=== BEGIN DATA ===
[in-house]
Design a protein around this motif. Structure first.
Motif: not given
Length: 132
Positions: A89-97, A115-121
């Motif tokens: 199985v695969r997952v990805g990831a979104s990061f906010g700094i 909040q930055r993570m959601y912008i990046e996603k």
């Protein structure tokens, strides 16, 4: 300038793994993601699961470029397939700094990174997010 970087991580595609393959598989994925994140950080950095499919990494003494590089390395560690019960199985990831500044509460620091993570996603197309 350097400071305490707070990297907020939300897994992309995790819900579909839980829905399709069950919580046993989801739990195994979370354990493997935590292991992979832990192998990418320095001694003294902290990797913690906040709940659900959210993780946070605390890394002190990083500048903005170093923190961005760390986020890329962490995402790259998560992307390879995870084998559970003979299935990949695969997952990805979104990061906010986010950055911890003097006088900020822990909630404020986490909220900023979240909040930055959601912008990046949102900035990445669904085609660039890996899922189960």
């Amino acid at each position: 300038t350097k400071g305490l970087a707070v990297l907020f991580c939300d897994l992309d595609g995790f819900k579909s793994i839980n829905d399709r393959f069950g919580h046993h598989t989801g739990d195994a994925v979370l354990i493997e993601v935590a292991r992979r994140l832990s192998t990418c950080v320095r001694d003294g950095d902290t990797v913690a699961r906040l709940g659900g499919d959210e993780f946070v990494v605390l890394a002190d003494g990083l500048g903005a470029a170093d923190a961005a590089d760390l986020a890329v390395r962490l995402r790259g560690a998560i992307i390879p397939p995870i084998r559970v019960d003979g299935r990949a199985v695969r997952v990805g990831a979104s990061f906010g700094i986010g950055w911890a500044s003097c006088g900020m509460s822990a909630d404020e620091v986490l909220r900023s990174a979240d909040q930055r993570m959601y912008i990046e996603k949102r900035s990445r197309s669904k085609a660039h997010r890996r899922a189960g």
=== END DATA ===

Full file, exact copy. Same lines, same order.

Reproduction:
[in-house]
Design a protein around this motif. Structure first.
Motif: not given
Length: 132
Positions: A89-97, A115-121
């Motif tokens: 199985v695969r997952v990805g990831a979104s990061f906010g700094i 909040q930055r993570m959601y912008i990046e996603k």
């Protein structure tokens, strides 16, 4: 300038793994993601699961470029397939700094990174997010 970087991580595609393959598989994925994140950080950095499919990494003494590089390395560690019960199985990831500044509460620091993570996603197309 350097400071305490707070990297907020939300897994992309995790819900579909839980829905399709069950919580046993989801739990195994979370354990493997935590292991992979832990192998990418320095001694003294902290990797913690906040709940659900959210993780946070605390890394002190990083500048903005170093923190961005760390986020890329962490995402790259998560992307390879995870084998559970003979299935990949695969997952990805979104990061906010986010950055911890003097006088900020822990909630404020986490909220900023979240909040930055959601912008990046949102900035990445669904085609660039890996899922189960």
């Amino acid at each position: 300038t350097k400071g305490l970087a707070v990297l907020f991580c939300d897994l992309d595609g995790f819900k579909s793994i839980n829905d399709r393959f069950g919580h046993h598989t989801g739990d195994a994925v979370l354990i493997e993601v935590a292991r992979r994140l832990s192998t990418c950080v320095r001694d003294g950095d902290t990797v913690a699961r906040l709940g659900g499919d959210e993780f946070v990494v605390l890394a002190d003494g990083l500048g903005a470029a170093d923190a961005a590089d760390l986020a890329v390395r962490l995402r790259g560690a998560i992307i390879p397939p995870i084998r559970v019960d003979g299935r990949a199985v695969r997952v990805g990831a979104s990061f906010g700094i986010g950055w911890a500044s003097c006088g900020m509460s822990a909630d404020e620091v986490l909220r900023s990174a979240d909040q930055r993570m959601y912008i990046e996603k949102r900035s990445r197309s669904k085609a660039h997010r890996r899922a189960g």